Following the excerpt from the Official Bulletin of the Vatican Press, an exclusive Interview for IDI – International Dominican Information. Brought to you by br. Javier Abanto

The Holy Father has appointed as ordinary member of the Pontifical Academy of Social Sciences the Reverend Sr Helen Alford, O.P., vice rector of the Pontifical University of Saint Thomas Aquinas in Rome.
Sister Helen Alford, O.P. is appointed member of the Pontifical Academy of Social Sciences

Sister Helen Alford, O.P. is appointed member of the Pontifical Academy of Social Sciences

Appointment of ordinary member of the Pontifical Academy of Social Sciences.
The Holy Father has appointed as ordinary member of the Pontifical Academy of Social Sciences the Reverend Sr Helen Alford, O.P., vice rector of the Pontifical University of Saint Thomas Aquinas in Rome.

Vatican Press – Resignations and Appointments, 04.09.2020

Curriculum vitae

The Reverend Sr Helen Alford, O.P., was born in London on 1 May 1964. She graduated in manufacturing engineering from the University of Cambridge, where she was also awarded a PhD. She is a religious sister of the Dominican Sisters of Saint Catherine of Siena. She has taught subjects related to economic ethics and the history of Christian social thought in several universities. She has served as consultor to the Pontifical Council for Justice and Peace. She is currently vice rector of the Pontifical University of Saint Thomas Aquinas in Rome. She is the author of numerous publications on management theory and corporate social responsibility.

Interview with Sister Helen Alford, O.P. – Member of the Pontifical Academy of Social Sciences

Sr. Helen Alford, O.P. in the interview for IDI – International Dominican Information
  1. What will be your main job as Specialist in social sciences?
  2. From your research and experience, what can contribute, in terms of university formation, to the Social Doctrine of the Church?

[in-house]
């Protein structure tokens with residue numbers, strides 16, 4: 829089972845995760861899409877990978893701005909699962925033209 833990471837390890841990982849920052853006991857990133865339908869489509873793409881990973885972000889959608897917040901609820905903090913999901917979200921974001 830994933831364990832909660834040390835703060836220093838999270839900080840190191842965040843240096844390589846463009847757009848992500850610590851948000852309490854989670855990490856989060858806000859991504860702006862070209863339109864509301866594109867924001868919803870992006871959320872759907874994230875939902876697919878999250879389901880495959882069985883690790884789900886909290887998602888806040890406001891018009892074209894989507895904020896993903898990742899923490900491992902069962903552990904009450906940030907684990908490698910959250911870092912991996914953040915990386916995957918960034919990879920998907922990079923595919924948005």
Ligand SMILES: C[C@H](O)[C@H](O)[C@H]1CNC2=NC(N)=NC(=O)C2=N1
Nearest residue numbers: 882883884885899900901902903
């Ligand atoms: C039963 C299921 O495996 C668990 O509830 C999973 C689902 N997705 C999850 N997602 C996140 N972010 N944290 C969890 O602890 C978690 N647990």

3. What are the most urgent questions for the Social Doctrine of the Church?
  4. COVID 19 Pandemic place us in a new world scenery for the “Dominican preaching”?
  5. If you have some words for the Dominican Family.
  1. What will be your main job as Specialist in social sciences?

It’s a good question! All the members of the Academy have some kind of specialisation, but they work in a very open way, exploring topics by bringing the various disciplines of the social sciences together to analyse and discuss key problems of the day, from human trafficking to democracy, and from the future of work to human rights. What can I bring to these discussions? I think one of the most important things is my nearly 25 years of experience in our Faculty of Social Sciences at the Angelicum, where we train students in five main areas: Catholic social thought and social ethics; economics and social communications; law and international relations; sociology and psychology; history and politics. We are not training experts in any of these subjects, but people who understand the basic theories and philosophical presuppositions of these disciplines, and who can talk to experts in these fields. Our aim is to train “change-makers” or “problem solvers”: people who can analyse social problems from the different points of view of economics, sociology, political science and so on, and then, on the basis of an ethical/philosophical framework informed by faith, synthesise responses that take into account the rich insights that the different social disciplines can give us. For instance, we have a special programme for migrants, called “STRONG”, and each year we do a research project with these students, helping them to be able to analyse their situation and improve it. Two years ago, we studied the business start-ups created by migrants in Rome; this year, we are studying the mental health problems of migrants (https://angelicum.it/academics/social-sciences/programs/). I think the Academy does something very similar, and I will be able to contribute to what the Academy does especially because of my background in the unique academic environment that we have in our own Dominican Faculty of Social Sciences here in Rome.